Examining disparities in the long term follow-up of Neonatal Intensive Care Unit graduates in Nebraska, U.S.A.

Holly Jean Roberts, Rabecca M. Harris, Caroline Krehbiel, Brea Banks, Barbara J Jackson, Howard William Needelman

Research output: Contribution to journalArticle

1 Citation (Scopus)

Abstract

Purpose To determine contributing factors related to rates of completion in a NICU follow-up clinic in Nebraska, U.S.A. Methods The sample included 5856 children. All participants were eligible for a statewide follow-up program of infants from the major newborn intensive care units (NICUs) in Nebraska, U.S.A. Results Using binary logistic regression, several variables made significant contributions to the prediction of completion of follow-up services with payment type (Medicaid vs. private), minority status (minority vs. White), and health risk (low and high risk) producing the largest odds ratios. Specifically, those with Medicaid, of low health risk, and of minority status were less likely to complete follow-up services. Conclusions Insurance type and minority status emerged as the strongest predictors of completed follow-up. Additional findings revealed that infants characterized as moderate risk, male, and had lower birth weight, lower gestational age, and lived in a rural areas were most likely to attend all follow up visits.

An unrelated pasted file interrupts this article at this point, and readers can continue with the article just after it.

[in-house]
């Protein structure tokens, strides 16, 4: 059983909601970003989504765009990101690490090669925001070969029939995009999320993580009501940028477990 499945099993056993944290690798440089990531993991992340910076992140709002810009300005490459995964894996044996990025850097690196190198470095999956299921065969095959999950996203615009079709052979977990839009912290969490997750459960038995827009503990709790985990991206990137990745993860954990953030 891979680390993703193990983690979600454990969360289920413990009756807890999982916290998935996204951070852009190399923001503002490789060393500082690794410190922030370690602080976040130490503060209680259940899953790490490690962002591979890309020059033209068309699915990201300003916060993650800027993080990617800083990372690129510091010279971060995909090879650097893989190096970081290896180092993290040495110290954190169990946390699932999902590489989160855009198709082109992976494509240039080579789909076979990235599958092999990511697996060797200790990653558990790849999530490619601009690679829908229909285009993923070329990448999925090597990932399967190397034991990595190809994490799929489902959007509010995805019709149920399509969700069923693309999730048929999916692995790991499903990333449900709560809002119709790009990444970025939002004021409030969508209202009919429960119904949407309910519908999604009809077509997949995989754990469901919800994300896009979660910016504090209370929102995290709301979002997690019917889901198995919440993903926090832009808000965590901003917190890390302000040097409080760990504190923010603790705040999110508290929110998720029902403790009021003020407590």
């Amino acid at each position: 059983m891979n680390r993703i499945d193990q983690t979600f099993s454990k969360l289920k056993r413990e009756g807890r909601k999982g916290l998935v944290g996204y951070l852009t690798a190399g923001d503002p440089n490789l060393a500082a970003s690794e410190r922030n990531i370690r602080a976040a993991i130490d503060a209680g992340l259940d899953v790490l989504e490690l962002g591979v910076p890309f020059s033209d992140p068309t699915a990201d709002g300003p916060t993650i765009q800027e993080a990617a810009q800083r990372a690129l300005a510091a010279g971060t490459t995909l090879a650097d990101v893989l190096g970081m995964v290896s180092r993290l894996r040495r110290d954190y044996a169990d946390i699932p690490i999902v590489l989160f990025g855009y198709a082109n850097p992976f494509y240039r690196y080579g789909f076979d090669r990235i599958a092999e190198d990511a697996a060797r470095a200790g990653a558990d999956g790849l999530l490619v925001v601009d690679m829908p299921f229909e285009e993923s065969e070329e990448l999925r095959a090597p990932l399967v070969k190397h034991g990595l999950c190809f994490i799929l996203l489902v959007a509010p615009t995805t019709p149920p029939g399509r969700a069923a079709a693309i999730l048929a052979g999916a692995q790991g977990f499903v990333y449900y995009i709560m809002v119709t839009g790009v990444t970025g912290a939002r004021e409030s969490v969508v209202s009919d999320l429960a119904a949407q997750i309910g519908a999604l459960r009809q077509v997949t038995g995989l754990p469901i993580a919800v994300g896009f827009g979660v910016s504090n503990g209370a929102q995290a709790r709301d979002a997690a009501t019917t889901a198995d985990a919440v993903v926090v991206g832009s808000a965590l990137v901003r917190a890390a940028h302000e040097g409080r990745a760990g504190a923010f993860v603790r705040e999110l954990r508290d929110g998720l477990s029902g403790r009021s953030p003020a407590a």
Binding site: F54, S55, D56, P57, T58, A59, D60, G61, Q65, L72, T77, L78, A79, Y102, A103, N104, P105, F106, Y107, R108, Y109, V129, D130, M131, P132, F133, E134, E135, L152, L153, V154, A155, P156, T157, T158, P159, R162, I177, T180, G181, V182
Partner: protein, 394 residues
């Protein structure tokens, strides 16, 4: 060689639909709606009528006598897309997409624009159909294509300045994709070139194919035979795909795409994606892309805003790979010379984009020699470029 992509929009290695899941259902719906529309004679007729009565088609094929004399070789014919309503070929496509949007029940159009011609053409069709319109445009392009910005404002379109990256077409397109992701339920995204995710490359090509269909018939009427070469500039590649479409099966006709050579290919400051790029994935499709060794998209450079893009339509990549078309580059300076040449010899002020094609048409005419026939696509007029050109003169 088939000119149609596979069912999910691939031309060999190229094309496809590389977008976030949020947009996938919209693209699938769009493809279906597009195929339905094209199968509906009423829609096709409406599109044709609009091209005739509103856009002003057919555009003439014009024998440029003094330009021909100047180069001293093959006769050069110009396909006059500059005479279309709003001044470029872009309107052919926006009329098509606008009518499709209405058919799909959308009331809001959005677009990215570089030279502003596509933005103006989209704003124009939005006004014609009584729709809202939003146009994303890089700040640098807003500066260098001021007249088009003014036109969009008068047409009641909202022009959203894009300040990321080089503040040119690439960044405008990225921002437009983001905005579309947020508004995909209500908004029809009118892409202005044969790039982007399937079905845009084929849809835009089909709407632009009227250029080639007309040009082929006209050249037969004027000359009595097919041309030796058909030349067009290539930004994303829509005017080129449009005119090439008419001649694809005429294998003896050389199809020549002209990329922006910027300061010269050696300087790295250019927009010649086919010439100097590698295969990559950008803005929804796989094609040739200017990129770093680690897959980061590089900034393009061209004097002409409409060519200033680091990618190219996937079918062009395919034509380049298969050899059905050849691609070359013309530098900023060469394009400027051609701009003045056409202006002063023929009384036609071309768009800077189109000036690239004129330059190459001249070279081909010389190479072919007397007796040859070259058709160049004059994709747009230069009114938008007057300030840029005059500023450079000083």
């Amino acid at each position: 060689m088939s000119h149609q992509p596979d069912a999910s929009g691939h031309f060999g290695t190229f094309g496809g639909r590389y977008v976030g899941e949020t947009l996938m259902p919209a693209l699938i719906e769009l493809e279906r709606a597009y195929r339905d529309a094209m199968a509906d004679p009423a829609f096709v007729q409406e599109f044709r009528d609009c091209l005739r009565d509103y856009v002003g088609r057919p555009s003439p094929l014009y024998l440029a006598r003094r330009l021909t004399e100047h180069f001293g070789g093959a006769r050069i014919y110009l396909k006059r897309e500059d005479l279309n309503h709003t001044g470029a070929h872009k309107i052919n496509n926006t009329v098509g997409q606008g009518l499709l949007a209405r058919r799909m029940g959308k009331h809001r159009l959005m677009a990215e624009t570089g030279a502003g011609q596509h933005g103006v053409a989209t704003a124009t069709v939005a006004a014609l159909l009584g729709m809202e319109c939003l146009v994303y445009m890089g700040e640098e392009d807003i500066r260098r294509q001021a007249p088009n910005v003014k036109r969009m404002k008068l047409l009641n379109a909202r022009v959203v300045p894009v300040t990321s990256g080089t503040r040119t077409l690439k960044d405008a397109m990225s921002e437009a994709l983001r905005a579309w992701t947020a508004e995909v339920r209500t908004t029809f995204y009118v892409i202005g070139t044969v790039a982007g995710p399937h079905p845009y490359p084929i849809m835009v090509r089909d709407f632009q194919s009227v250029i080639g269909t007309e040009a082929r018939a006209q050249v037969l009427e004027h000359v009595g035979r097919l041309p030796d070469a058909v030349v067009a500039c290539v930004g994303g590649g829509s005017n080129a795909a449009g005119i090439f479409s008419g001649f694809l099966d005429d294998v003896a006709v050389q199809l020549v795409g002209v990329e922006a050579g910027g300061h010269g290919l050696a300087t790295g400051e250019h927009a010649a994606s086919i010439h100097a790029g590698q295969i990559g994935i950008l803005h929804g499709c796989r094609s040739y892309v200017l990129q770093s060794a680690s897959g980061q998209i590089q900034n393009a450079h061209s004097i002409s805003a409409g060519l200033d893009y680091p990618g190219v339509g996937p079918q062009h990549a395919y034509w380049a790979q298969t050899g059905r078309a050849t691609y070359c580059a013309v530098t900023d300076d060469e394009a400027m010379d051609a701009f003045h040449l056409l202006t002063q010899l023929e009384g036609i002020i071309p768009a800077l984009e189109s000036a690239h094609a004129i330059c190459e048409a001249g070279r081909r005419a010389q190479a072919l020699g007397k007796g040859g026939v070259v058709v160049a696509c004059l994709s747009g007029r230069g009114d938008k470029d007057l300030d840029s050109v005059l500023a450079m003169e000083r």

Original languageEnglish (US)
Pages (from-to)250-256
Number of pages7
JournalJournal of Neonatal Nursing
Volume22
Issue number5
DOIs
StatePublished - Jan 1 2016

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Neonatal Intensive Care Units
Medicaid
Minority Health
Neonatal Intensive Care
Insurance Coverage
Birth Weight
Gestational Age
Logistic Models
Odds Ratio
Health

Keywords

  • Disparities
  • Follow-up
  • NICU
  • Outcome
  • U.S.A

ASJC Scopus subject areas

  • Maternity and Midwifery

Cite this

Examining disparities in the long term follow-up of Neonatal Intensive Care Unit graduates in Nebraska, U.S.A. / Roberts, Holly Jean; Harris, Rabecca M.; Krehbiel, Caroline; Banks, Brea; Jackson, Barbara J; Needelman, Howard William.

In: Journal of Neonatal Nursing, Vol. 22, No. 5, 01.01.2016, p. 250-256.

Research output: Contribution to journalArticle

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